The mean buprenorphine dose administered was significantly higher in CNCP OST patients than in non-CNCP OST patients (11.3 ± 11.5 mg [0.1–296.6] vs. 9.2 ± 9.3 mg [0.1–237.3], p < 0.0001), as was the mean methadone dose administered (syrup: CNCP OST: 59.8 ± 36.9 mg vs. non-CNCP OST: 52.7 ± 30.5 mg, p < 0.0001; capsule: CNCP OST: 61.2 ± 49.1 mg vs. non-CNCP OST: 53.6 ± 45.2 mg, p < 0.0001).
Opioid and Non-opioid Analgesic Prescription
Compared to CNCP control patients, CNCP OST patients were significantly less likely to be prescribed opioid analgesics (47.8 vs. 68.0%, p < 0.0001), both in terms of strong opioids (4.6 vs. 8.5%, p < 0.0001, with less frequent prescription of fentanyl, morphine, and oxycodone) and weak opioid prescriptions (46.1 vs. 65.4%, p < 0.0001, with less frequent prescription of codeine, tramadol, and opium) (Table 2). The median OME cumulative dose was significantly greater in CNCP control patients than in CNCP OST patients (1800 mg [450–6768] vs. 968 mg [300–4350], respectively, p < 0.0001).
Table 2. Comparison of analgesic drug prescription between chronic non-cancer pain opioid substitution treatment (CNCP OST) patients group and CNCP control group.
Conversely, CNCP OST patients more often received non-opioid analgesics compared to CNCP control patients (52.2 vs. 32.0%, p < 0.0001), including more frequent prescriptions of NSAIDs, paracetamol, and nefopam. Triptans were less frequently employed in CNCP OST patients.
Different prescribers for OST and opioid analgesics were found in 81.7% (82.9% for weak opioids and 98% for strong opioids) and 47.1% for OST and non-opioid analgesic prescription. Compared to CNCP control patients, CNCP OST patients received a lower median number of different opioid prescriptions [4 (1–11) vs. 6 (2–12), p < 0.0001].
Factors Associated With Opioid Analgesic Prescription
In univariate analysis, the factors associated with AOP were female gender (OR: 1.17 [95% CI: 1.07–1.27]), alcohol use disorder (OR: 1.44 [1.24–1.67]), mental health disorder (OR: 1.32 [1.20–1.44]), and OST (OR: 2.32 [2.09–2.57]). Other covariates that were found to be significant at the p < 0.25 level were: low-income status (OR: 0.93 [0.85–1.02]), HCV infection (OR: 1.12 [0.95–1.31]), HIV infection (OR: 0.84 [95% CI: 0.64–1.09]), and age ≤ 40 years (OR: 1.05 [0.97–1.14]). Conversely, HBV infection (OR: 1.22 [95% CI: 0.59–2.52], p = 0.59), was not significantly associated with AOP.
On multivariate analysis (Figure 2), there was still significant correlation with age ≤ 40 years (OR: 1.13 [1.04–1.23]), female gender (OR: 1.11 [1.02–1.20]), low-income status (OR: 0.87 [0.79–0.95]), mental health disorder (OR: 1.60 [1.46–1.76]), HCV infection (OR: 1.29 [1.09–1.52]), and alcohol use disorder (OR: 1.42 [1.22–1.65]). Compared to CNCP control patients, CNCP OST patients were 2.7 times less likely to be prescribed analgesic opioids (adjusted OR = 2.7 [2.42–3.01]).
Figure 2. Forest plot of factors associated with analgesic opioid prescription in chronic non-cancer pain opioid substitution treatment (CNCP OST) patients. OR, odds ratio; CI, confidence interval; AOP, analgesic opioid prescription; MTD, methadone; HDB, buprenorphine, HCV, hepatitis C virus; OST, Opioid Substitution Treatment.
Factors Associated With Opioid Analgesic Prescription in the Subgroup of CNCP OST Patients
In multivariate analysis, age ≤ 40 years (OR: 1.12 [1.02–1.22]), female gender (OR: 1.13 [1.03–1.24]), low-income status (OR: 0.85 [0.77–0.94]), methadone treatment (OR: 1.36 [1.23–1.50]), mental health disorder (OR: 1.49 [1.33–1.67]), HCV infection (OR: 1.21[1.02–1.43]), and alcohol use disorder (OR: 1.48 [1.26–1.74]), were significantly correlated with AOP in chronic pain opioid-maintained patients (Figure 2).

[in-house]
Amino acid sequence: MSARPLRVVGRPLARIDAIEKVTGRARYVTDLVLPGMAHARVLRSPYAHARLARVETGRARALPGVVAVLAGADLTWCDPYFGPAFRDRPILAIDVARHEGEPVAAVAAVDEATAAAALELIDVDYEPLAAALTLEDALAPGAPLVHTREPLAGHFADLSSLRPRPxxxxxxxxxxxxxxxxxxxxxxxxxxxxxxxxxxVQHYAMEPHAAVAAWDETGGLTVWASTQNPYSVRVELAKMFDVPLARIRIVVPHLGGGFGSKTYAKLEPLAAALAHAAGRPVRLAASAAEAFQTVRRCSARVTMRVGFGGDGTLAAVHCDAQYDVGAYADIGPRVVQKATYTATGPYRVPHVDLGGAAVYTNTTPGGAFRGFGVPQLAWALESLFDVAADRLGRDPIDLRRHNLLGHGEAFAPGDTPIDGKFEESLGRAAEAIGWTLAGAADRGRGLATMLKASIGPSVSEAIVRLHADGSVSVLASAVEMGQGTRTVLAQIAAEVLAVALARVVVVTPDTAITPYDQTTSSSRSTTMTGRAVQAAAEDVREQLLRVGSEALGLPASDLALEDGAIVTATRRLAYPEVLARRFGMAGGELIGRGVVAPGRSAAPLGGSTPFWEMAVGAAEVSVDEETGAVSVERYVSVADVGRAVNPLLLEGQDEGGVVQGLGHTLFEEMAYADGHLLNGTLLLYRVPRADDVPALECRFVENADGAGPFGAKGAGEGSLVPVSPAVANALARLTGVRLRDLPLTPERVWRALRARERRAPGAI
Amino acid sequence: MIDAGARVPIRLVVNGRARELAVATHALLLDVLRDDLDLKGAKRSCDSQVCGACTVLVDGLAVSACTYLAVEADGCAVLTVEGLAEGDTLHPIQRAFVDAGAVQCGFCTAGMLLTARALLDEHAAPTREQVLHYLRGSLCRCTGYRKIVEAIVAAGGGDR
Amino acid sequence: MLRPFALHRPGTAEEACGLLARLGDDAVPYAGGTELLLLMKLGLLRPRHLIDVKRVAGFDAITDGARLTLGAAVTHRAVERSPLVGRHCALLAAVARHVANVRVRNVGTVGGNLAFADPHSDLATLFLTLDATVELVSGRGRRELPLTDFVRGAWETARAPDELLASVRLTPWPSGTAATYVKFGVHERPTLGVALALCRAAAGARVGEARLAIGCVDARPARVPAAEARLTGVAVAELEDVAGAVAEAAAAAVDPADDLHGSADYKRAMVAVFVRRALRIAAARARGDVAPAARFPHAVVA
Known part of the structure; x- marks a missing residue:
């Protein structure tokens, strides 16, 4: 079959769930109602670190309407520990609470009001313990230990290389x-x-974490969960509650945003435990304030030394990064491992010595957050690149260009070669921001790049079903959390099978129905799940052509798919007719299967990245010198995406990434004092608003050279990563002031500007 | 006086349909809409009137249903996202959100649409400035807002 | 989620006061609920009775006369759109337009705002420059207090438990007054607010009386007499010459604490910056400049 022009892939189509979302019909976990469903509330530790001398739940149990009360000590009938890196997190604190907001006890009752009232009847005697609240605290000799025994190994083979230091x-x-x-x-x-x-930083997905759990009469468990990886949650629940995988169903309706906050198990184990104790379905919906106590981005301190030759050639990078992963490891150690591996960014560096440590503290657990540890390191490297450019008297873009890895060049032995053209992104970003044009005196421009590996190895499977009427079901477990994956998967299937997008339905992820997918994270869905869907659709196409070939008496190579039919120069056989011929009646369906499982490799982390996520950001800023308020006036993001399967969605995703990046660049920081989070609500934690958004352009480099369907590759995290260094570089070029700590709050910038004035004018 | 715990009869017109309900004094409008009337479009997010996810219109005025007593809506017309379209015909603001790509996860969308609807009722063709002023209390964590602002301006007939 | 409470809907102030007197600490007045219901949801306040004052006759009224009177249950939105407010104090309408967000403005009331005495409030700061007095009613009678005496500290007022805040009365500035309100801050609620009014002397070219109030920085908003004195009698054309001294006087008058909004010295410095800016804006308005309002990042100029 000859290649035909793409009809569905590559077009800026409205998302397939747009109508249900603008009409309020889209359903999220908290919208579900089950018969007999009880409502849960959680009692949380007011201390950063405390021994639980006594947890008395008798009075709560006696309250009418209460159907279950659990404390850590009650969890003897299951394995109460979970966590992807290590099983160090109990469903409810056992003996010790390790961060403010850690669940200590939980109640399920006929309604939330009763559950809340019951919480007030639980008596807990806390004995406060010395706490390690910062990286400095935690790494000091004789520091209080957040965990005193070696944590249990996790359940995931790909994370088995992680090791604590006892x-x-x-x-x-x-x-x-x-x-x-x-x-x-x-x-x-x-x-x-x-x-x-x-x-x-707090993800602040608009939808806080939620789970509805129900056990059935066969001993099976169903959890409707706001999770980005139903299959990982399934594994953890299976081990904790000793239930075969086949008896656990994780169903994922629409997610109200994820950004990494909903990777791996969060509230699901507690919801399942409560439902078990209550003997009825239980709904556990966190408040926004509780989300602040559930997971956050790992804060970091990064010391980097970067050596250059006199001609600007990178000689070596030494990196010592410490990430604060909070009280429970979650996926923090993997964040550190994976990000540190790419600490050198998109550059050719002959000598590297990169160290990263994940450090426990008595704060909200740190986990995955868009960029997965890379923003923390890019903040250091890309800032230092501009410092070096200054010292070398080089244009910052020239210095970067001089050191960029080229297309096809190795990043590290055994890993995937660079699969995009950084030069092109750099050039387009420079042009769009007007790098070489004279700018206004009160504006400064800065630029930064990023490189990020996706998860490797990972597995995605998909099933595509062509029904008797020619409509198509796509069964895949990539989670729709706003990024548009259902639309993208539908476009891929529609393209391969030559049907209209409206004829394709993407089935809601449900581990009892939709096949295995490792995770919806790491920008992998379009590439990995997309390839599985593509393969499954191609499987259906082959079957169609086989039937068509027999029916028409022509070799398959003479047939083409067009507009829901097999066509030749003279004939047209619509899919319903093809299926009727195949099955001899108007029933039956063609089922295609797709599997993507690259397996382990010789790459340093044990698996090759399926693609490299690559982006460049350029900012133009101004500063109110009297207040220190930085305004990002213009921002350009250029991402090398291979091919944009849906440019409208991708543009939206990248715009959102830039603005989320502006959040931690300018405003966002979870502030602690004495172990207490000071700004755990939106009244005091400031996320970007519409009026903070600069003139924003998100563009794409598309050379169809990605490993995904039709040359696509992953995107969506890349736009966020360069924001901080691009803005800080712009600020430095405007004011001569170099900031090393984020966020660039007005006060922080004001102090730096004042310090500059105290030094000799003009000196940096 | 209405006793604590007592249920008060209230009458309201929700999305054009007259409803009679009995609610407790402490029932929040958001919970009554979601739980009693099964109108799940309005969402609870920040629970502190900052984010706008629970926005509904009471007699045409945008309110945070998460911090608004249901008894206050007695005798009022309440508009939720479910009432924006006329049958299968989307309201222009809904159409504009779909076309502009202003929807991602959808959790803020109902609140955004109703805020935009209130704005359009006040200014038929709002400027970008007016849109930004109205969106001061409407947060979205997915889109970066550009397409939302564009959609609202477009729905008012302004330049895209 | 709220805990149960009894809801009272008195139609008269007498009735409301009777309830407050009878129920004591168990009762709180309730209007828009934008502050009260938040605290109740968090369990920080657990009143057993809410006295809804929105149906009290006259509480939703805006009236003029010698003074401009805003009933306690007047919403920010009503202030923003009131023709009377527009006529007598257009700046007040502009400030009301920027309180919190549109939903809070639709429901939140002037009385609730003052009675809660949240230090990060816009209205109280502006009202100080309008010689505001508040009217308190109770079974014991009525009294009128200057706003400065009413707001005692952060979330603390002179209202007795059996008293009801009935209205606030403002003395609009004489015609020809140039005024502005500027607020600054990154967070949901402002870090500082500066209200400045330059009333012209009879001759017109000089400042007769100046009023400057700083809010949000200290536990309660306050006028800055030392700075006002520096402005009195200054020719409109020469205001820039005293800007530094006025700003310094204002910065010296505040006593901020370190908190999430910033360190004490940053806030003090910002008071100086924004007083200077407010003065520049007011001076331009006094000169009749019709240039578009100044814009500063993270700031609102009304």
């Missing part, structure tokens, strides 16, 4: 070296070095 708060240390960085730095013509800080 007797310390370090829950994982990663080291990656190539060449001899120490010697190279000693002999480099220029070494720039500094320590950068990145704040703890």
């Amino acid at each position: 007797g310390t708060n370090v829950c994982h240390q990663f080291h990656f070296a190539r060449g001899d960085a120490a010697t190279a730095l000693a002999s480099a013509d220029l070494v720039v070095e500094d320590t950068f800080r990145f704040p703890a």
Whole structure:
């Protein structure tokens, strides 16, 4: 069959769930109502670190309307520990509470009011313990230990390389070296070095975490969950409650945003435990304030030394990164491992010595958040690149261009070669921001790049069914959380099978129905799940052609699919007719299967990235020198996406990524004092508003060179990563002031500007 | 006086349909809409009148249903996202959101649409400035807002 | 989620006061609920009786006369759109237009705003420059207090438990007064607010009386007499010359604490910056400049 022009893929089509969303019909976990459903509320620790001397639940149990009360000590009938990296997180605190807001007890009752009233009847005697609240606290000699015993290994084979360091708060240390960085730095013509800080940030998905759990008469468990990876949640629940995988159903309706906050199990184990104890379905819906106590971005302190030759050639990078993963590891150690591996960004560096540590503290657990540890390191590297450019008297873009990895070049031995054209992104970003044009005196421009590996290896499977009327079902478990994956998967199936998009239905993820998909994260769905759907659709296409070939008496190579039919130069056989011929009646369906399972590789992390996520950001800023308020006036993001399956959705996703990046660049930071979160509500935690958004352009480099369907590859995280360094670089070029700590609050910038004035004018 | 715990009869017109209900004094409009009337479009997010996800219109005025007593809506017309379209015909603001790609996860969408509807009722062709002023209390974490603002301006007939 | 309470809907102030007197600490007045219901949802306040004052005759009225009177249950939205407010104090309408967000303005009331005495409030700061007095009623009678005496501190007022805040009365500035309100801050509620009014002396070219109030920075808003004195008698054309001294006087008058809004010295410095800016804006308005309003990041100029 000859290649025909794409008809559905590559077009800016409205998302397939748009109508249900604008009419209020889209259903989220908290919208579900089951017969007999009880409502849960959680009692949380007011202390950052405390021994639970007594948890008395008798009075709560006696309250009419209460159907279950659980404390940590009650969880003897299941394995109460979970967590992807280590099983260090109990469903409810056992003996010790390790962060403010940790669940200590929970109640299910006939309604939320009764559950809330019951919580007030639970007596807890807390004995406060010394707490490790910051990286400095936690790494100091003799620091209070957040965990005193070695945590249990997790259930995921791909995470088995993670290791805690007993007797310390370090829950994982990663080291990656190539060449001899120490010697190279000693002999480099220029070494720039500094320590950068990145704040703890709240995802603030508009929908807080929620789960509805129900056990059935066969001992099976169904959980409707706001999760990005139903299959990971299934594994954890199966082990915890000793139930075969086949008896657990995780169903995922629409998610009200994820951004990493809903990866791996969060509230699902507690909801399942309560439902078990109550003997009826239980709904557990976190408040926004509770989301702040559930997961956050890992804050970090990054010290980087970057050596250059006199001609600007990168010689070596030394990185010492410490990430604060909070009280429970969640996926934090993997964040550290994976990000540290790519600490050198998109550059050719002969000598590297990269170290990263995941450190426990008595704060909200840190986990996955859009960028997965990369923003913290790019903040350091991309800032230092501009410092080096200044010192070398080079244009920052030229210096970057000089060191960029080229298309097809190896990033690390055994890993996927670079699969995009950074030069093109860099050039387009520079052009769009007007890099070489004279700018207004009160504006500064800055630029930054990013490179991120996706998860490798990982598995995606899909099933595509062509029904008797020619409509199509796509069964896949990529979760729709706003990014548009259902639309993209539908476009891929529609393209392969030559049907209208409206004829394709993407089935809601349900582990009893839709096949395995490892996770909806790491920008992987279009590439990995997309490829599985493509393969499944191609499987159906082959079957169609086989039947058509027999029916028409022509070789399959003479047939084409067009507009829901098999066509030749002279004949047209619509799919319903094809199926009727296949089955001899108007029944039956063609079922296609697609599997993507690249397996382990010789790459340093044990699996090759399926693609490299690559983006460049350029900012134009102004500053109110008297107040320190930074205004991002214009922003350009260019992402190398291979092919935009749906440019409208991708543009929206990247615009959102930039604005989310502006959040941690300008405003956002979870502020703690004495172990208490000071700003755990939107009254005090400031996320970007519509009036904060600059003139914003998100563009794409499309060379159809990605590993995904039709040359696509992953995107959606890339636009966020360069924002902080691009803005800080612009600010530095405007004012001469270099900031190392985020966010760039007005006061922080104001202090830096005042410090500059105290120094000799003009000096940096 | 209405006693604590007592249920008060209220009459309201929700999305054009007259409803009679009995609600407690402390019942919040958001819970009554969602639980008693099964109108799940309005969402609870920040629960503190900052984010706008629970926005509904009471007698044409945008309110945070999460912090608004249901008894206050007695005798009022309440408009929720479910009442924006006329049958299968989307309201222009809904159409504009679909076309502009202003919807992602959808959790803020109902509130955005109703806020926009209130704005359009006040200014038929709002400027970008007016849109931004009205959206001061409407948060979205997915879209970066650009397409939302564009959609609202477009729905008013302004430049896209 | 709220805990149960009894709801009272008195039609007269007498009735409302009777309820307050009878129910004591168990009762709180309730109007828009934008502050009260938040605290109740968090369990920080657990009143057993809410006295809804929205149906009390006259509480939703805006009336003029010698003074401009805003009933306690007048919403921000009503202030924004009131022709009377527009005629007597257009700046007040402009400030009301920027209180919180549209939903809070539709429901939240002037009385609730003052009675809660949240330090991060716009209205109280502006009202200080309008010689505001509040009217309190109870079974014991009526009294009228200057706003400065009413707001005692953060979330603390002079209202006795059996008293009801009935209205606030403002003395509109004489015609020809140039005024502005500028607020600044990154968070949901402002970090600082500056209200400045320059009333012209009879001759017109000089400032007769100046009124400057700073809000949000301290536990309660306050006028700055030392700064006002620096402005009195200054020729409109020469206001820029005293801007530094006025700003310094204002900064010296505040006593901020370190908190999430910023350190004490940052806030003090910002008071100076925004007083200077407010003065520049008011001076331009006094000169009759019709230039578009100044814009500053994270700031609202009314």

To the best of our knowledge, the present nationwide study is the first that specifically compared opioid and non-opioid analgesic prescription in CNCP patients with or without OST. The prevalence of AOP was lower in the CNCP OST patients compared to CNCP control patients (47.8 vs. 68.0%). We observed similar prevalence of AOP in CNCP OST patients as that reported in prior studies, where prevalence ranged between 43 and 47% (17, 21, 27). Furthermore, following adjustment for age, gender, low-income status, mental health disorder, HCV infection, and alcohol use disorder, our findings revealed a 2.7-fold decrease in the prevalence of AOP in CNCP OST patients compared to CNCP control patients. Conversely, our study demonstrated analgesic non-opioids were more frequently administered in CNCP OST patients (52.2%) compared to CNCP control patients (32.0%). These findings were also consistent with prior studies, where this prevalence ranged from 48.9 to 64.1% in opioid-maintained patients (17, 25, 27).
Overall, chronic pain opioid-maintained patients received less AOPs and a number of hypotheses may be assumed.
The first hypothesis may be linked to the reluctance to prescribe analgesic opioids which is known as “opiophobia,” and many caregivers refuse to prescribe opiates at all, or limit prescriptions so far as to never provide enough to effectively relieve pain, and this phenomena is widespread across the world (40–43). Recognizing the potential risk from opioids, an international committee of pain specialists including physicians and healthcare policy specialists concluded that “irrational fear of the drugs often impedes their appropriate use” (44). Many physicians have admitted they were uncomfortable with the safe prescription of opioids (28) and have questioned their own practice of analgesic opioid prescribing. There are several reasons why physicians might not prescribe analgesic opioids in OST patients.
First, the use of analgesic opioids in addition to an OST may result in opioid abuse disorder relapse. A recent study showed that the risk of reporting cravings in the preceding week was associated with a 3-fold increase in chronic pain and characterized this population as potentially at risk of relapse (45). However, it is worth noting that underdiagnosed or undertreated pain could also result in an imbalance and even an aggravation of opioid abuse disorders.